Language and Societies

ANT/LIN 5320 at Wayne State University

The Language of the Time Lords: A linguistic study on the effect of invented languages on the social hierarchy of fandom communities

The Language of the Time Lords: A linguistic study on the effect of invented languages on the social hierarchy of fandom communities

Cory Taylor

Constructed languages or conlangs are consciously created for many reasons, including the exploration of new ideas, finding an alternative way to communicate or to connect with others. This connection is also a reason why many people join fan communities, places where many of these conlangs are used. BBC’s “Doctor Who” is a popular television show that is celebrated within some of these fandoms. The language of the main character’s home planet is Gallifreyan, seen at various points throughout the show. Although seen in written form, Gallifreyan has never been contextualized within the show. The first objective of this paper was to establish why and how conlangs are created, done through a review of the literature already published on the subject. The second was to examine why conlangs are learned by fans and the third was to determine how knowing a conlang affects the social standing of members of fandom communities. These two objectives were accomplished through a survey, posted on various blogs and received 315 responses. The respondents were asked about their age, gender and whether they had heard of Gallifreyan. Additionally, respondents were asked why they thought people learned conlangs and if they thought learning a conlang positively or negatively affected their social standing within their fandom community. The majority of respondents stated that people learned conlangs because it is fun and it immerses them further in their fictive world. Additionally, respondents felt that learning a conlang positively affected one’s social standing within a fandom community.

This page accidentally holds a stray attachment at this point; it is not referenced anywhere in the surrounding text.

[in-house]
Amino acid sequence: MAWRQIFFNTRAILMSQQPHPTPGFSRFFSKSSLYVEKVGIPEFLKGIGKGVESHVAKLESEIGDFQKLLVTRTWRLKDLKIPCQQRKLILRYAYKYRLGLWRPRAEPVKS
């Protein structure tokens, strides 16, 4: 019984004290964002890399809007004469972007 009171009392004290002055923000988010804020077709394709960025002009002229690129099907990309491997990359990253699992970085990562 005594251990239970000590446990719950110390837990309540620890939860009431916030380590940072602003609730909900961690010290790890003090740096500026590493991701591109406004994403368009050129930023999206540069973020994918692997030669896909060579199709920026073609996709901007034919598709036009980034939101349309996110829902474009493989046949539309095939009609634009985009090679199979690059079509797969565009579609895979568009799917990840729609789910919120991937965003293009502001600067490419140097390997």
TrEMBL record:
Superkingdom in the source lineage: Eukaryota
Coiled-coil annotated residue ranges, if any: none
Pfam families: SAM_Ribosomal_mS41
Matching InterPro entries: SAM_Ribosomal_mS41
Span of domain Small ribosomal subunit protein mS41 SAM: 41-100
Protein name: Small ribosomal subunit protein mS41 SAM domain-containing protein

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April 2, 2018 - Posted by | abstract

12 Comments »

  1. Reblogged this on eclectic haze.

    Comment by eclectic haze | April 10, 2018 | Reply

  2. Did any of your respondents say that they’ve attempted to speak Gallifreyan? And I wonder if they’ve learned it through similar websites, blogs, videos, or created their own symbols…Definitely interested to read this!

    Comment by Haley Scott | April 16, 2018 | Reply

    • Actually no, none of them did! I’m not sure how one would even go about speaking the language, though I am sure someone will likely try in the future. Since there is no Gallifreyan encyclopedia and the BBC has not integrated it into the show’s context, there are only informal dictionaries, translation websites (similar to Google Translate) and personal blogs that fans post on with new ideas for characters.

      Comment by Cory Taylor | April 20, 2018 | Reply